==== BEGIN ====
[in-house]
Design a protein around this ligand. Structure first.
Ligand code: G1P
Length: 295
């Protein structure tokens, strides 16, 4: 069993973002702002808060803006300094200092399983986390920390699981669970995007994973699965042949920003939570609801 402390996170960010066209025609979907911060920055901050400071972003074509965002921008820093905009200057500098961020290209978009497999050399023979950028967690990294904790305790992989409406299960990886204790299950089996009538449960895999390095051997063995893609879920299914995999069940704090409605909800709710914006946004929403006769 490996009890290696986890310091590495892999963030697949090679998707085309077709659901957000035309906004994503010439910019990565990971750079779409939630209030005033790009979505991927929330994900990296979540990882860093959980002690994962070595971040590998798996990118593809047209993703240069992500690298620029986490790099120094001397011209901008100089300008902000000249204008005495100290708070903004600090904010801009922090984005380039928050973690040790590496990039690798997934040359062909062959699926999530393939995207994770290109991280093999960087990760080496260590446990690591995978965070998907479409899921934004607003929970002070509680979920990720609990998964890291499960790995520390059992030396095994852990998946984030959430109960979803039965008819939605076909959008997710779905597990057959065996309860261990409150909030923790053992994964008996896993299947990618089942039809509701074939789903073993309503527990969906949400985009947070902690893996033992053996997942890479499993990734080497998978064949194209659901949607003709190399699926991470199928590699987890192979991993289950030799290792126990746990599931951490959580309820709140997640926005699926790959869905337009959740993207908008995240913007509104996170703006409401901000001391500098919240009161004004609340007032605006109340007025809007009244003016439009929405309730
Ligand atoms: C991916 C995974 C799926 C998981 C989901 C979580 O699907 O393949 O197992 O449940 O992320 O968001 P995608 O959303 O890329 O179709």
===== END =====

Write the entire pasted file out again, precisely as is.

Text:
[in-house]
Design a protein around this ligand. Structure first.
Ligand code: G1P
Length: 295
């Protein structure tokens, strides 16, 4: 069993973002702002808060803006300094200092399983986390920390699981669970995007994973699965042949920003939570609801 402390996170960010066209025609979907911060920055901050400071972003074509965002921008820093905009200057500098961020290209978009497999050399023979950028967690990294904790305790992989409406299960990886204790299950089996009538449960895999390095051997063995893609879920299914995999069940704090409605909800709710914006946004929403006769 490996009890290696986890310091590495892999963030697949090679998707085309077709659901957000035309906004994503010439910019990565990971750079779409939630209030005033790009979505991927929330994900990296979540990882860093959980002690994962070595971040590998798996990118593809047209993703240069992500690298620029986490790099120094001397011209901008100089300008902000000249204008005495100290708070903004600090904010801009922090984005380039928050973690040790590496990039690798997934040359062909062959699926999530393939995207994770290109991280093999960087990760080496260590446990690591995978965070998907479409899921934004607003929970002070509680979920990720609990998964890291499960790995520390059992030396095994852990998946984030959430109960979803039965008819939605076909959008997710779905597990057959065996309860261990409150909030923790053992994964008996896993299947990618089942039809509701074939789903073993309503527990969906949400985009947070902690893996033992053996997942890479499993990734080497998978064949194209659901949607003709190399699926991470199928590699987890192979991993289950030799290792126990746990599931951490959580309820709140997640926005699926790959869905337009959740993207908008995240913007509104996170703006409401901000001391500098919240009161004004609340007032605006109340007025809007009244003016439009929405309730
Ligand atoms: C991916 C995974 C799926 C998981 C989901 C979580 O699907 O393949 O197992 O449940 O992320 O968001 P995608 O959303 O890329 O179709």